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Democrat Photo by John Emerson

MEET THE BEETLES: This display was part of a program last Friday regarding the Asian Longhorned Beetle and its potential threat to the NYC watershed in and around the county. The display shows both the adult and larval stages of the beetle’s existence.

Beetles May Pose Threat to Area

By John Emerson
FERNDALE — April 14, 2000 -- Normally eradicating an entire species of insect, plant or animal on American soil is viewed with alarm and protest among conservationists and similar activists.
Not so with one of the most recent insect pests from China.
The Asian Longhorned Beetle, an attractive black and white bug with antennae about as long or longer than its 1 and 1/2 to 2-inch body, is slated for extermination, if officials can figure out how to do it. The bug has a nasty habit of destroying the trees that give it life and sustenance.
“There is a clear and present danger from this insect,” said Richard Coombe, director of the New York City Watershed Agricultural Council and a Grahamsville resident. “This bug could threaten the entire watershed forest.”
Last week, the Watershed Council, in conjunction with the City Club of New York, presented a symposium on the bug at Cablevision Center in Liberty. The goal was to alert people living in the New York City watershed of the danger posed by the alien pest.
“It’s not in the watershed yet,” said John Schwartz of the New York City Department of Environmental Protection. “This is all about the beetle and the watershed and keeping them as far apart as possible.”
The bug apparently snuck into the country from China, buried deep in wooden packing crates. Thus far, its presence in New York has been limited to sections of Brooklyn, Queens, a park in Manhattan and the area around Amityville, Long Island. Two years ago, however, a new infestation site was discovered almost 1,000 miles away in Chicago.
The adult form of the insect generally causes very little damage, mostly gnawing on the small twigs of a variety of hardwoods. The real damage occurs when the insect is in its larval stage.
Females lay their eggs, normally about 30, inside the bark of their hosts. When the eggs hatch, the larva eat their way into and through the heartwood, where they spend the next one to two years before emerging as an adult through a round hole about 3/8 of an inch in diameter. In their wake, the inside of the tree is honeycombed with galleries where the insects have been. The tunneling weakens the tree and eventually kills it.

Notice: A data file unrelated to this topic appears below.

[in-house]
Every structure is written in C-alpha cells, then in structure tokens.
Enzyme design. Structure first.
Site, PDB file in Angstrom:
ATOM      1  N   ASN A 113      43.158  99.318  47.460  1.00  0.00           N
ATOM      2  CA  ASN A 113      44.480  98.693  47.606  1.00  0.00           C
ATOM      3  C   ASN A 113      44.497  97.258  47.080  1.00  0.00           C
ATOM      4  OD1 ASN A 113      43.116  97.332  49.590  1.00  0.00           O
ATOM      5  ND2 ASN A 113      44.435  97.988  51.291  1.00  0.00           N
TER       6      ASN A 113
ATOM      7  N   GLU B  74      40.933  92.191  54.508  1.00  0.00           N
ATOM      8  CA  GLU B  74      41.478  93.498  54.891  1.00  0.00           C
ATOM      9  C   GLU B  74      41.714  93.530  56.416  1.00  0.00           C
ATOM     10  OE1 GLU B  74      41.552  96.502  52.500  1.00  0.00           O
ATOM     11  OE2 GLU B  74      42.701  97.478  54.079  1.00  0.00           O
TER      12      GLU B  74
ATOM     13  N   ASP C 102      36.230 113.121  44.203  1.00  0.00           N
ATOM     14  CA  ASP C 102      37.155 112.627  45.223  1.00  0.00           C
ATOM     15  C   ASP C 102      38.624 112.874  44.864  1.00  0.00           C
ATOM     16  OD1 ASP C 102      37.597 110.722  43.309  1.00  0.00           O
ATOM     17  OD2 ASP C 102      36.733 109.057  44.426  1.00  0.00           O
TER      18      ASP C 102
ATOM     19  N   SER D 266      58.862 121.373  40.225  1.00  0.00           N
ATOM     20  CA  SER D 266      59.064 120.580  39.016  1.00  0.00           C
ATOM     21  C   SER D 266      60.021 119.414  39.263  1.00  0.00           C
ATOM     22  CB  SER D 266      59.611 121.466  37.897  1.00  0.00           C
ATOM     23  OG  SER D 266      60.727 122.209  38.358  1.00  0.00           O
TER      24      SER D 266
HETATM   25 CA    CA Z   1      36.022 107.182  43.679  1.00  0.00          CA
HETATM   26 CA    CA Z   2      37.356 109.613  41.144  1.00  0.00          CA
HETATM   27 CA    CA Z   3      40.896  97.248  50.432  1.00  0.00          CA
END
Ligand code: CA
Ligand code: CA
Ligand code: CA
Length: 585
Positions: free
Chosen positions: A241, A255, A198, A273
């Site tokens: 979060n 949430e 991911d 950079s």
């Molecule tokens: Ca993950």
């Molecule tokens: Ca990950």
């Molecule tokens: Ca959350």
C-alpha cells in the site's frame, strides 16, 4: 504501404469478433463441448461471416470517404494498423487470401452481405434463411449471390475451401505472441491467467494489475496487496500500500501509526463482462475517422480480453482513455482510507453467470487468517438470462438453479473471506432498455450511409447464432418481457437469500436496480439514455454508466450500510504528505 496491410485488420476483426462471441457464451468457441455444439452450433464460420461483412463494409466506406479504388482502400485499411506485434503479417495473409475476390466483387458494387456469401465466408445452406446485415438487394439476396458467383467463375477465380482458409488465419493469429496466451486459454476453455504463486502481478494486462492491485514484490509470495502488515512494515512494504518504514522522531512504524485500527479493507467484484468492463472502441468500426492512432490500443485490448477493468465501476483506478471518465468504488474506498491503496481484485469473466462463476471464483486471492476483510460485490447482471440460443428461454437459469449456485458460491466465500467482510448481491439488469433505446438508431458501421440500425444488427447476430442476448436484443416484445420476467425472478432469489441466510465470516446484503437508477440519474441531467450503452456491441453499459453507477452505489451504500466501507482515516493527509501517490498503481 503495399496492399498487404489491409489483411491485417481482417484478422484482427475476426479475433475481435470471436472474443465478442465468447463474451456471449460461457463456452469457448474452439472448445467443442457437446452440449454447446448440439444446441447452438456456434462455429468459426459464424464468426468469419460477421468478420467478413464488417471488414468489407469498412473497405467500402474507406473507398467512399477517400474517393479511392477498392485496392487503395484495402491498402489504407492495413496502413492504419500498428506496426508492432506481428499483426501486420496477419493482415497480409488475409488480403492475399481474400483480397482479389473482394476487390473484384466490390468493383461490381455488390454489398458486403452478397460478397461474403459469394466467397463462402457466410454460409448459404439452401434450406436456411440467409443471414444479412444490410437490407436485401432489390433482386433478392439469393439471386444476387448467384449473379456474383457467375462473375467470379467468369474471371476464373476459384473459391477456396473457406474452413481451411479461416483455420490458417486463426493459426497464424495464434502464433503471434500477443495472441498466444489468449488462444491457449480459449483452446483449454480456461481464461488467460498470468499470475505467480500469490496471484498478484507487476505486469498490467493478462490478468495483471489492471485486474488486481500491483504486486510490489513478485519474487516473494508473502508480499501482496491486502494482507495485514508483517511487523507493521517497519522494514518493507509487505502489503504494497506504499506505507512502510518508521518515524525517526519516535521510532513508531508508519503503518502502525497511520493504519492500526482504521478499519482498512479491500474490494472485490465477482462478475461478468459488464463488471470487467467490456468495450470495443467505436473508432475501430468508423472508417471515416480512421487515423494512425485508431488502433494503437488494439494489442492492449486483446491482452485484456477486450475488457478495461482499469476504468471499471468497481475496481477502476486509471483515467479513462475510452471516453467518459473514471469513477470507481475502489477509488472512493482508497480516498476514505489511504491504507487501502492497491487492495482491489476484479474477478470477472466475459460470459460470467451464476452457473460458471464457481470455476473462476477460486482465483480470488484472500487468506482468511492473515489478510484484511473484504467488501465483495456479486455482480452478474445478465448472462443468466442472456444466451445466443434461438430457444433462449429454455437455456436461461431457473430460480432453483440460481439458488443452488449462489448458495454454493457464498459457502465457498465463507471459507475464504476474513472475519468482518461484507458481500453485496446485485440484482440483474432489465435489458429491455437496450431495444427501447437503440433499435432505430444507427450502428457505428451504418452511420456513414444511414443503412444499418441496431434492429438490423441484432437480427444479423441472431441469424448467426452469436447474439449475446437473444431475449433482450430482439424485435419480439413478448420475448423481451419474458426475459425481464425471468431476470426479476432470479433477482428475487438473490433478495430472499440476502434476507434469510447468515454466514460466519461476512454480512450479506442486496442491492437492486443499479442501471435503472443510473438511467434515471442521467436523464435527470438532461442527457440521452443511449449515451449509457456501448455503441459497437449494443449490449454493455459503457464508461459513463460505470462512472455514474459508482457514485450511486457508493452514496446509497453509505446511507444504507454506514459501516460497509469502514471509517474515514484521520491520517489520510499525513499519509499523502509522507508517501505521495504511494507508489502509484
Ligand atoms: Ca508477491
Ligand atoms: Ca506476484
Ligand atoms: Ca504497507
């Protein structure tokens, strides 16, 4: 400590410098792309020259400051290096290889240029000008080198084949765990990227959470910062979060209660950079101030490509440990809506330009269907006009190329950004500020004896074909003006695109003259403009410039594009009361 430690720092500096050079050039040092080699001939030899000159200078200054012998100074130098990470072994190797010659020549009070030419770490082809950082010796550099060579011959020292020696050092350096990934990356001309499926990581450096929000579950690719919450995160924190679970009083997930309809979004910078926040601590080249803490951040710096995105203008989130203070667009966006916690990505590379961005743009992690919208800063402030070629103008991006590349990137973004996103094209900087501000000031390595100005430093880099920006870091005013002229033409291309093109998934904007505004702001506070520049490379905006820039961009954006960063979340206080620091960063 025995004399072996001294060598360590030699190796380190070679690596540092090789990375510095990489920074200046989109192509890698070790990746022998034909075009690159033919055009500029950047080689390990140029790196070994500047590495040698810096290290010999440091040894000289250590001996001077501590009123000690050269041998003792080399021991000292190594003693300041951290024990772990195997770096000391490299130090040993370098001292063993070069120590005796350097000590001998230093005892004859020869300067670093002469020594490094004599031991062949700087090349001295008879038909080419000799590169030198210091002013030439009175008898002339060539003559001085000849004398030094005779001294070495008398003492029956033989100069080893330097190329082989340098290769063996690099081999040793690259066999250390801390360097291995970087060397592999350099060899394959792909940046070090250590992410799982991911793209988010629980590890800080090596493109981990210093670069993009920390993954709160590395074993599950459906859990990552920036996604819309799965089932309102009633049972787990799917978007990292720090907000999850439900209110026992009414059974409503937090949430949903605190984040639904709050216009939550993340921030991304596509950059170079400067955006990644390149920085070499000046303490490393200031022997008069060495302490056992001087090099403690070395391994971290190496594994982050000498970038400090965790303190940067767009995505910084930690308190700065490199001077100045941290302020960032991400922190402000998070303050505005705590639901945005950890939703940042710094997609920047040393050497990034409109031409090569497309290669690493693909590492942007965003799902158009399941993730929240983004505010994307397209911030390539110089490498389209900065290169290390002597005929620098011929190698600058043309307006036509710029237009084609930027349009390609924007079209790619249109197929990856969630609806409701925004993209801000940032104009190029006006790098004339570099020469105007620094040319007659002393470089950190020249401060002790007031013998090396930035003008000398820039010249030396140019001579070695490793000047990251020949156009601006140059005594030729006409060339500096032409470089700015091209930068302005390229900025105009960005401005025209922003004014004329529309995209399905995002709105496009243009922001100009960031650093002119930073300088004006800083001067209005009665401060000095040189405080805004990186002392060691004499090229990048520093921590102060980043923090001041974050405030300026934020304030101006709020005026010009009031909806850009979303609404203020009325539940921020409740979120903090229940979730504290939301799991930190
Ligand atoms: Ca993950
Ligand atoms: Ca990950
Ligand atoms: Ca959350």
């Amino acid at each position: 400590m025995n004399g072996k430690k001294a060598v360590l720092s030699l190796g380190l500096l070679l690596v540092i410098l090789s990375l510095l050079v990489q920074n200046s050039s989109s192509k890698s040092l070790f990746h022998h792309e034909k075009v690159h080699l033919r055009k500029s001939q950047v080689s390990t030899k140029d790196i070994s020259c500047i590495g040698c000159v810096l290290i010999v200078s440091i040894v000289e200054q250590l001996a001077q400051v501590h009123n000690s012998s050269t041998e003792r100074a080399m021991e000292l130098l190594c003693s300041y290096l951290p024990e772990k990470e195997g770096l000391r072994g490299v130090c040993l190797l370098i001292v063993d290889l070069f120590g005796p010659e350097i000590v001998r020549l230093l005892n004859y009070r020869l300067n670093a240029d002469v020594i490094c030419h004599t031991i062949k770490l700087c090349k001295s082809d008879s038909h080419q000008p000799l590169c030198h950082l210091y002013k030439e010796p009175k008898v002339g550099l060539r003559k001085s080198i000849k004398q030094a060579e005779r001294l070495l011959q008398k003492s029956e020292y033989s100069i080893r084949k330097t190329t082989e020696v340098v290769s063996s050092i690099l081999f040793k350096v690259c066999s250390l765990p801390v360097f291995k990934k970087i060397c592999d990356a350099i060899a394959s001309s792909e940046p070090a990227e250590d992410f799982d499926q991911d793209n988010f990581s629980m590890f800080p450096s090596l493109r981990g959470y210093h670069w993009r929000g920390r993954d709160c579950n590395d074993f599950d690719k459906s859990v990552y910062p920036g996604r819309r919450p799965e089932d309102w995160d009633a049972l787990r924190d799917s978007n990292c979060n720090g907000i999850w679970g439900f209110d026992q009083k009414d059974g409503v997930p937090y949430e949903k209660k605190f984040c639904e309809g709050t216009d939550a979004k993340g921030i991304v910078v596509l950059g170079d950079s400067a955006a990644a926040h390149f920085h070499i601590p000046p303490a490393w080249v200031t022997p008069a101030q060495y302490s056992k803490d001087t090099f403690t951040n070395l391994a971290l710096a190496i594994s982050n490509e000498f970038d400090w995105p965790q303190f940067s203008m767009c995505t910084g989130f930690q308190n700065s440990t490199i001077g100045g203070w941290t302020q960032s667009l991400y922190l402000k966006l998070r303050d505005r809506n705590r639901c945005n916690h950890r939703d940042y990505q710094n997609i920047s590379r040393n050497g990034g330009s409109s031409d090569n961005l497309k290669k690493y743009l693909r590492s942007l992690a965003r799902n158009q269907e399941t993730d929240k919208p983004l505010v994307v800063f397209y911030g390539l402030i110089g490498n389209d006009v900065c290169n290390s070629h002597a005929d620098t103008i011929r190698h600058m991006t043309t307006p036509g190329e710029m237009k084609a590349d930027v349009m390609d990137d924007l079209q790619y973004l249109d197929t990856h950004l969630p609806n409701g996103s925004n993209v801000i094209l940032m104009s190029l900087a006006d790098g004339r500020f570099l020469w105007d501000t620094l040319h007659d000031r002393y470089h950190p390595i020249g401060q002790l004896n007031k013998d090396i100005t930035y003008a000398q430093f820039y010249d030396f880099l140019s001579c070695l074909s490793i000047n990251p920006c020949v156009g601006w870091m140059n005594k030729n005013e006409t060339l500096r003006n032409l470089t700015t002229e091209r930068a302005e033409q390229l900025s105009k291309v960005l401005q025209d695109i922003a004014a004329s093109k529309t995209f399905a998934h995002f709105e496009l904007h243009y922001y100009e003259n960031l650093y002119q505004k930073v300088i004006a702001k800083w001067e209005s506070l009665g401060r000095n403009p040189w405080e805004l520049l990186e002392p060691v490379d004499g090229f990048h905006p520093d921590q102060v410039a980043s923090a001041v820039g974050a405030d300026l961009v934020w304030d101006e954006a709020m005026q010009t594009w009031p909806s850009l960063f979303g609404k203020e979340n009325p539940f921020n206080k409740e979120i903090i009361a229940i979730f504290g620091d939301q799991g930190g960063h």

When they are looking for a home, the bugs select some of the most common trees in the northern hardwood forests that make up most of the watershed.
All varieties of maples, willows, poplars, ash, birch, horsechestnuts, mulberry, elm and black locust are suitable for the bug.
One of the biggest problems officials have trying to control the beetle, according to Ken Law (an agent with the United States Department of Agriculture Animal and Plant Health Inspection Service), is that they live deep inside the tree and are therefore safe from insecticides.
They also seem to have no natural predators or parasites in the United States to hold populations in check.
“Right now, the only way we have to control them is to take down the infested trees, chip them up and burn the chips,” he said. “The infested trees serve as nurseries for the beetle.”
So far, state, federal and city officials have removed more than 4,500 trees in their attempts to eradicate the insect. They have also established infested areas as quarantine zones, but there is no guarantee the beetle won’t slip through, or even that it will not be brought in again in the future.
“Our immediate task is to increase awareness and preparedness,” said Larry Gooberman of the City Club of New York. “Everyone needs to know about this beetle.”

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